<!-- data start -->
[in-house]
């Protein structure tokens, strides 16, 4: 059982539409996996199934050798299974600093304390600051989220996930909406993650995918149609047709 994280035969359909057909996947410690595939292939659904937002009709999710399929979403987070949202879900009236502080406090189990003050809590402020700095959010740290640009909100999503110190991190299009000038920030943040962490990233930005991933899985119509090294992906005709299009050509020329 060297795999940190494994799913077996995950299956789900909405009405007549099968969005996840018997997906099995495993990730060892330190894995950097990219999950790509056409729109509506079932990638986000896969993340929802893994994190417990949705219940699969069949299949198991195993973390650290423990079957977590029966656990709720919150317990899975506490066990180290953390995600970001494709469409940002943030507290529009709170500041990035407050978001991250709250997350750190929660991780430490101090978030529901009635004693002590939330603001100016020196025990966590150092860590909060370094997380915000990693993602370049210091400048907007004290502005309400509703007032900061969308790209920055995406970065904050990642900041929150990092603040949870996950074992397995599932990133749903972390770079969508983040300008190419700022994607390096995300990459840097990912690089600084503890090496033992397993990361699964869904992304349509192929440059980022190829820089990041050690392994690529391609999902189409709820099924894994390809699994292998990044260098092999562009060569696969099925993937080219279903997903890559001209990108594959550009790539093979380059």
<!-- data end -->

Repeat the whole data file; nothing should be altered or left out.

[in-house]
């Protein structure tokens, strides 16, 4: 059982539409996996199934050798299974600093304390600051989220996930909406993650995918149609047709 994280035969359909057909996947410690595939292939659904937002009709999710399929979403987070949202879900009236502080406090189990003050809590402020700095959010740290640009909100999503110190991190299009000038920030943040962490990233930005991933899985119509090294992906005709299009050509020329 060297795999940190494994799913077996995950299956789900909405009405007549099968969005996840018997997906099995495993990730060892330190894995950097990219999950790509056409729109509506079932990638986000896969993340929802893994994190417990949705219940699969069949299949198991195993973390650290423990079957977590029966656990709720919150317990899975506490066990180290953390995600970001494709469409940002943030507290529009709170500041990035407050978001991250709250997350750190929660991780430490101090978030529901009635004693002590939330603001100016020196025990966590150092860590909060370094997380915000990693993602370049210091400048907007004290502005309400509703007032900061969308790209920055995406970065904050990642900041929150990092603040949870996950074992397995599932990133749903972390770079969508983040300008190419700022994607390096995300990459840097990912690089600084503890090496033992397993990361699964869904992304349509192929440059980022190829820089990041050690392994690529391609999902189409709820099924894994390809699994292998990044260098092999562009060569696969099925993937080219279903997903890559001209990108594959550009790539093979380059």